Customer Service in Cloud World

NEW YORK (TheStreet) -- Rather than adapt existing applications to the cloud, what's increasingly evident is developers are creating a cloud-based Internet layered on top of the existing Internet.

Google ( GOOG), Amazon.com ( AMZN), Facebook ( FB) and all the other neat new services that deliver custom results to you in the blink of an eye are built on cloud. Pages are created on the fly by machines. They're not built by people and then pointed to, they don't have "Web addresses" in the way we think of them. They seem untouched by human hands.

Whether you're searching for individual needles in a big haystack of data or seeking relationships within the haystack or trying to address huge numbers of mobile users within a small geography, the cloud world is materially different from the World Wide Web as first envisioned by Tim Berners-Lee.

So how do you do "customer service" in this world?

This, it turned out, was the topic of the "cloud chat" I was asked to do for IBM ( IBM) Thursday. It wasn't about cloud developers but about cloud customers, cloud users. What do you do when the cloud doesn't seem to have the droid you're looking for?

I've had that problem myself, specifically at Amazon. Someone paid me roughly $30 last year for something they bought there, and I've been trying to track down what it was for tax purposes.

This is where things break down. I've moved my email to the cloud because I no longer have time to filter out the spam, semi-spam and demi-spam filling my old PC inbox. Amazon didn't have the new address in its files, so its bots didn't know how to help me. Someone could have probably looked up the transaction record from the tax form sent to me but how do you find that someone?

The technologies we use for customer service simply don't scale to cloud, because people don't scale to cloud. I tried email with Amazon but other companies have tried live operators, or live operators behind chat lines, and they've all failed. IBM itself sees some hope in tweeting, which was what our conference was really all about, but that seems just as unlikely to work.

All this gets serious when you move from buying a gift or tracking a business relationship to teaching and learning, which may be the most important thing we have to do today.

I've written before about Moore's Law of Training, my point being that there is no such thing. We learn only as fast as we learn, and we teach only as fast as the student before us can absorb the subject. So how do you create a Massive Open Online Course, or MOOC, that has validity as a learning experience, no matter how good the teacher?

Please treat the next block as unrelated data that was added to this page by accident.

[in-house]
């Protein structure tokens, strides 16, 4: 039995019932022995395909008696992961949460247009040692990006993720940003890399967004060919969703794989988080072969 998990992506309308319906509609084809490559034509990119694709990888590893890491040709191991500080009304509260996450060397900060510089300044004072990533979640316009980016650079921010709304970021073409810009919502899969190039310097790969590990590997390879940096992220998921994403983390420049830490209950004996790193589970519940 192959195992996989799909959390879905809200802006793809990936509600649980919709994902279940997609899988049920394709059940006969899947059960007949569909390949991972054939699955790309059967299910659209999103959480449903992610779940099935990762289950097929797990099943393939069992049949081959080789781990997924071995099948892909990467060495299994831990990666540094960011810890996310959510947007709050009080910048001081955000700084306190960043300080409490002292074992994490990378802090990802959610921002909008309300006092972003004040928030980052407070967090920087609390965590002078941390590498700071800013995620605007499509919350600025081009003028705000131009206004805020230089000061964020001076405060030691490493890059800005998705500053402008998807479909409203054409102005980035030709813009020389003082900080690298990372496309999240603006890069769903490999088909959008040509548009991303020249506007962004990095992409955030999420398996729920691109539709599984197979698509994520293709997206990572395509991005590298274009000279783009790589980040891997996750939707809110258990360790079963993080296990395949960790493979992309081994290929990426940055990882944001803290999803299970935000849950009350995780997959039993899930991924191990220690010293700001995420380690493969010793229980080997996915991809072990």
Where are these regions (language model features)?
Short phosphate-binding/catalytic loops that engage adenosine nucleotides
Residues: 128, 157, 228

What you find is that you have to build an immense human infrastructure behind the performance. People have to write quizzes, they have to write Frequently Asked Questions for each section, they have to organize virtual or in-person tutoring sessions, they have to find a way to go one-on-one with students who need extra help. The cost of all this dwarfs the actual cost of building and teaching the course.

The same thing happens whenever you try to layer customer service onto a cloud application. You're trying to put running boards and training wheels on a Maserati. There are some private companies like Kana Software that see opportunity here, and claim to deliver "multichannel customer service," databases that can be used by clients and phone reps.

But the same software also gets lost in the weeds of trying to analyze what people are saying about you on social networks, or analyzing customer interactions after they've happened, when it might be better to get things right in the first place.

It's this tension between the instant gratification of cloud and the clunky interaction of real human beings that may be the biggest challenge facing the new Cloud World, and the biggest frustration for those of us back here on Planet Earth.

At the time of publication the author had positions in IBM and GOOG.

This article was written by an independent contributor, separate from TheStreet's regular news coverage.

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